Drug resistance is a daunting challenge in the treatment of breast cancer (BC). Exosomes, as intercellular communicative vectors in the tumor microenvironment, play an important role in BC progression. With the in-depth understanding of tumor heterogeneity, an emerging role of exosomes in drug resistance has attracted extensive attention. The functional proteins or non-coding RNAs contained in exosomes secreted from tumor and stromal cells mediate drug resistance by regulating drug efflux and metabolism, pro-survival signaling, epithelial–mesenchymal transition, stem-like property, and tumor microenvironmental remodeling. Researchers from UNSW Sydney discuss the underlying associations between exosomes and drug resistance of BC and discuss the unique biogenesis of exosomes, the change of exosome cargo, and the pattern of release by BC cells in response to drug treatment. Moreover, they propose exosome as a candidate biomarker in predicting and monitoring the therapeutic drug response of BC and as a potential target or carrier to reverse the drug resistance of BC.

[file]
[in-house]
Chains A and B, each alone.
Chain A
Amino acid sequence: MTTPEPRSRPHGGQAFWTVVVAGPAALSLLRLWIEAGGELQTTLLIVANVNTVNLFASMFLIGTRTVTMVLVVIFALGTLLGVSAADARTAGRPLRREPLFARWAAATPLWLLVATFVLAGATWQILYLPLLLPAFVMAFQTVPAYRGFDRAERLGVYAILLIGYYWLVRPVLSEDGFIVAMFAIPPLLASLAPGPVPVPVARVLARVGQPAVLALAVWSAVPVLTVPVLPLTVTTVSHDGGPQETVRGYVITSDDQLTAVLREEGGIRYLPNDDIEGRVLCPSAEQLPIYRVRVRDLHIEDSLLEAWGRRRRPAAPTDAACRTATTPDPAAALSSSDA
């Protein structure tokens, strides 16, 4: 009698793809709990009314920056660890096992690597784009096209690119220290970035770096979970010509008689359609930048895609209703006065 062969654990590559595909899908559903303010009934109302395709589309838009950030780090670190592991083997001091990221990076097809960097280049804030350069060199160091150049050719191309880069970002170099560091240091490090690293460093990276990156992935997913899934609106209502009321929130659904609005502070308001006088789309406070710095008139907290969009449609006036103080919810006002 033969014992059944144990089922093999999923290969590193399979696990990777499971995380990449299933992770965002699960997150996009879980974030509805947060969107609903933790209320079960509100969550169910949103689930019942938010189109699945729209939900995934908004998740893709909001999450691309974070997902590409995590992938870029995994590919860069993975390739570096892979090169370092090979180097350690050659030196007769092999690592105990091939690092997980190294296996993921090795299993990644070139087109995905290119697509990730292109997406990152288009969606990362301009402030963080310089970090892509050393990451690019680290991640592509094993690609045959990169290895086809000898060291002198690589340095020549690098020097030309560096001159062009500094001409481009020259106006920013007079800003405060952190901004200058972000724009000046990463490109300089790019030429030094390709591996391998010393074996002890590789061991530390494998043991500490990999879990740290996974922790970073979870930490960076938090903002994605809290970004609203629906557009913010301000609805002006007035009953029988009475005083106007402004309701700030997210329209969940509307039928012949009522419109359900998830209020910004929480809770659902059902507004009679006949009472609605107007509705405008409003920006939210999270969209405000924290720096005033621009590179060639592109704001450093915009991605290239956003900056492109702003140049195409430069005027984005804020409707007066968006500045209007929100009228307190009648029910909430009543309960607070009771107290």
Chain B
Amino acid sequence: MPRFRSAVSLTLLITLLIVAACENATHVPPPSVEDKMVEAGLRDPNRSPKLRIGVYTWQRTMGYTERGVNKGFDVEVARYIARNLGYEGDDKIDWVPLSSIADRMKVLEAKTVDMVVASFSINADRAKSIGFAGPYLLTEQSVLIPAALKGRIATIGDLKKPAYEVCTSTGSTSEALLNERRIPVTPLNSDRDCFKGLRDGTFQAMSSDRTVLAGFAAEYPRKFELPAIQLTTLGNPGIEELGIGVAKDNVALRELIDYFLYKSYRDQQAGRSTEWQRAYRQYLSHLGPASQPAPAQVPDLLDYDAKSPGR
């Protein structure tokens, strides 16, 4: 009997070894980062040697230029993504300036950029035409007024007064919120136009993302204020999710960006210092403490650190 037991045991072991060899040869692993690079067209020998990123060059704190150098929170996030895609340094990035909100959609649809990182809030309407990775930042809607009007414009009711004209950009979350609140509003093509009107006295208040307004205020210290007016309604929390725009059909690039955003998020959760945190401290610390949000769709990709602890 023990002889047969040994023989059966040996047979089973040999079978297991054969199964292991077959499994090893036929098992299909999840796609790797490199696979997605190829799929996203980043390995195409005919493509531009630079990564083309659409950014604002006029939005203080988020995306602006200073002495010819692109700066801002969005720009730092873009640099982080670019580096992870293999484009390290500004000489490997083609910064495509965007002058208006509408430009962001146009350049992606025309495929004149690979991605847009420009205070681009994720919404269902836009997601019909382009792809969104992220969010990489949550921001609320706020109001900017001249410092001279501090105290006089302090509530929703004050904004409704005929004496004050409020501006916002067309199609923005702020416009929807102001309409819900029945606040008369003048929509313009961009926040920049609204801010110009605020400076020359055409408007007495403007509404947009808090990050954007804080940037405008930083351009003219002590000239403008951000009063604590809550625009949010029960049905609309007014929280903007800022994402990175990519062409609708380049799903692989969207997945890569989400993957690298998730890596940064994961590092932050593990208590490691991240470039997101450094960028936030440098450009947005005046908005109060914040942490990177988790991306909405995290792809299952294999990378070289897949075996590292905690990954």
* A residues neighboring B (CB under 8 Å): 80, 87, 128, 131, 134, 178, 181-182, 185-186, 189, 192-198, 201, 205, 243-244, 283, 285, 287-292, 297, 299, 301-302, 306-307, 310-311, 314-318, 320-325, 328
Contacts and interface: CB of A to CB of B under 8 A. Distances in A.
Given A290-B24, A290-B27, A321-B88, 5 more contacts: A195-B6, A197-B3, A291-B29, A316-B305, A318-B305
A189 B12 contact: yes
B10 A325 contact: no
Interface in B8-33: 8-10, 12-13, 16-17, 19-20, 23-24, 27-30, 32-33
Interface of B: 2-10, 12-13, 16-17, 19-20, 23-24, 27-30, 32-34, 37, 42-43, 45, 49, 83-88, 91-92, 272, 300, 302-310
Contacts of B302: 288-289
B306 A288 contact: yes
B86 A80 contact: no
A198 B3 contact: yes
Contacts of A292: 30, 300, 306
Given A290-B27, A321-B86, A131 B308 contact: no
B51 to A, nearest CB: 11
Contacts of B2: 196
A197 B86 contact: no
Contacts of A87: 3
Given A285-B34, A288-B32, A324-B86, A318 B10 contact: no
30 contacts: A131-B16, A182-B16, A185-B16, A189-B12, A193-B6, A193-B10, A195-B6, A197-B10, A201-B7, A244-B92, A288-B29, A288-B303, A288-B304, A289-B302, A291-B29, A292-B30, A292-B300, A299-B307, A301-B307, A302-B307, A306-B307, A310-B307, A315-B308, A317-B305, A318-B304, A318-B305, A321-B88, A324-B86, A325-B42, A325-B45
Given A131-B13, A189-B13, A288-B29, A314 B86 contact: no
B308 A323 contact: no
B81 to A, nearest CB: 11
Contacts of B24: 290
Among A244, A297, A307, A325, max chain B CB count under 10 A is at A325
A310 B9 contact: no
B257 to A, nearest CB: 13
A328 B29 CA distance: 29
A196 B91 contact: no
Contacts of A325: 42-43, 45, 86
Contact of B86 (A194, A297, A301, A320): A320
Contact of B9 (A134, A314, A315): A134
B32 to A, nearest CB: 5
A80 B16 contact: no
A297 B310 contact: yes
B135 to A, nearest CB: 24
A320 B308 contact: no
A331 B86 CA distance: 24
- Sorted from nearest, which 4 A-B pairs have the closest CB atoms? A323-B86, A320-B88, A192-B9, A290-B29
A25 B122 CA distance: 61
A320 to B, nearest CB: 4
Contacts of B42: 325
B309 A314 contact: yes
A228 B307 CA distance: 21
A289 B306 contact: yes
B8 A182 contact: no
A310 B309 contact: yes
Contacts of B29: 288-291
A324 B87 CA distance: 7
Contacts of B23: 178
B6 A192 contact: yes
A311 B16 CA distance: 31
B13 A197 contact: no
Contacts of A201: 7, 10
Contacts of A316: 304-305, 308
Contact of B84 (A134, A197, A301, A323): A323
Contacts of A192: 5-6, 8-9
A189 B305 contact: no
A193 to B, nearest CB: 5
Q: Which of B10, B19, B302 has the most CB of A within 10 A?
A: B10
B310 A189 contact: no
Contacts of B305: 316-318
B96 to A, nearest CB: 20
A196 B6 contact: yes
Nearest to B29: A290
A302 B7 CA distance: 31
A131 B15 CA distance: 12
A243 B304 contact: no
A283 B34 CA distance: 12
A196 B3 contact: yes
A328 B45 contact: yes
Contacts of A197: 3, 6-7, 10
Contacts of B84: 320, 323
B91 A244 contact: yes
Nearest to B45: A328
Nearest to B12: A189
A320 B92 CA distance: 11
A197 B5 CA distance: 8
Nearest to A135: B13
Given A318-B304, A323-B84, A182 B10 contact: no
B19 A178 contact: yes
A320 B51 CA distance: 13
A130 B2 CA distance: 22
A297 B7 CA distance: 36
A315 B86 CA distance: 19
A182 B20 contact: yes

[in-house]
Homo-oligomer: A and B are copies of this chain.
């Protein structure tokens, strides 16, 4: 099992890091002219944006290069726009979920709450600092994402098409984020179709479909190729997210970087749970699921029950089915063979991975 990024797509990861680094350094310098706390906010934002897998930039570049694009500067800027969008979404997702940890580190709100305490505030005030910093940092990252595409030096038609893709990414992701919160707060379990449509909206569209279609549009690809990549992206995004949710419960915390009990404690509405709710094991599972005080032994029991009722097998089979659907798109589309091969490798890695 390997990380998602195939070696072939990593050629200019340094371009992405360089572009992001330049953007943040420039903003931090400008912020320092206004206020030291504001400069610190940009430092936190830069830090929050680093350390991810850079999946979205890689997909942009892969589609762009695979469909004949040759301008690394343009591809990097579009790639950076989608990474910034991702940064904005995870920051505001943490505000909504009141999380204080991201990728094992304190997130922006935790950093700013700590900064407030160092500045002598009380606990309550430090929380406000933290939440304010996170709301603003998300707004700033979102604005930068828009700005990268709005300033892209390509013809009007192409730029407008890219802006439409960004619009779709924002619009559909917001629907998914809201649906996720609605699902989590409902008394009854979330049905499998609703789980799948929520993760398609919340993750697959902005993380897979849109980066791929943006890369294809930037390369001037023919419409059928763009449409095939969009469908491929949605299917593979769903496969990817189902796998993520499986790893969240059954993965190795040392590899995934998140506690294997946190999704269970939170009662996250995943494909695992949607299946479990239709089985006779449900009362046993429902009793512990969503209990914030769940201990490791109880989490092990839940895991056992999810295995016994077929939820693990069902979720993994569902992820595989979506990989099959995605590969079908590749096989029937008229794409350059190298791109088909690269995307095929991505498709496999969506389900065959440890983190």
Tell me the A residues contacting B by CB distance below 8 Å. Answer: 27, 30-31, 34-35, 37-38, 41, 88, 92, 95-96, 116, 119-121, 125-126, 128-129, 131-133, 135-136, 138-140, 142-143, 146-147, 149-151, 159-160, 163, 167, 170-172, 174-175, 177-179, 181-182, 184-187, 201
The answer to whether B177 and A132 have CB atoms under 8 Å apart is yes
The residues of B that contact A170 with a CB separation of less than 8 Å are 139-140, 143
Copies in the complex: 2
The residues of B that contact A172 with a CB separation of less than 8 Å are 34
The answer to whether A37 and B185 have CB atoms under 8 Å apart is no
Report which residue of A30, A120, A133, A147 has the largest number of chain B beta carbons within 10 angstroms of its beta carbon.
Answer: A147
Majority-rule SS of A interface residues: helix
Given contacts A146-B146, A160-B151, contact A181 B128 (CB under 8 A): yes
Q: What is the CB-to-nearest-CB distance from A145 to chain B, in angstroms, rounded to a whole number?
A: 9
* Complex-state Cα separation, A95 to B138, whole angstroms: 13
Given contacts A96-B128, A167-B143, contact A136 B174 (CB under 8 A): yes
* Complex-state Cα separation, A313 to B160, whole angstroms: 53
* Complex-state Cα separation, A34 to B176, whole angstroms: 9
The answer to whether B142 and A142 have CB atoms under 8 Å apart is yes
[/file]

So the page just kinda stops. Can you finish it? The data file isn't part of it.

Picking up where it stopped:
Exosome-mediated mechanisms underlying BC chemoresistance
A Chemotherapeutic drugs are secreted when they are encapsulated in the exosomes. B Exosomes mediate horizontal transfer of membrane-embedded drug efflux pumps to sensitive cancer cells to favor the drug efflux. Exosomes also deliver functional proteins/miRNAs to upregulate P-gp expression in sensitive cancer cells. C Exosomes transfer bioactive cargos that promote cancer cell proliferation, survival, drug inactivation, DNA damage repair, EMT, and stem-like property.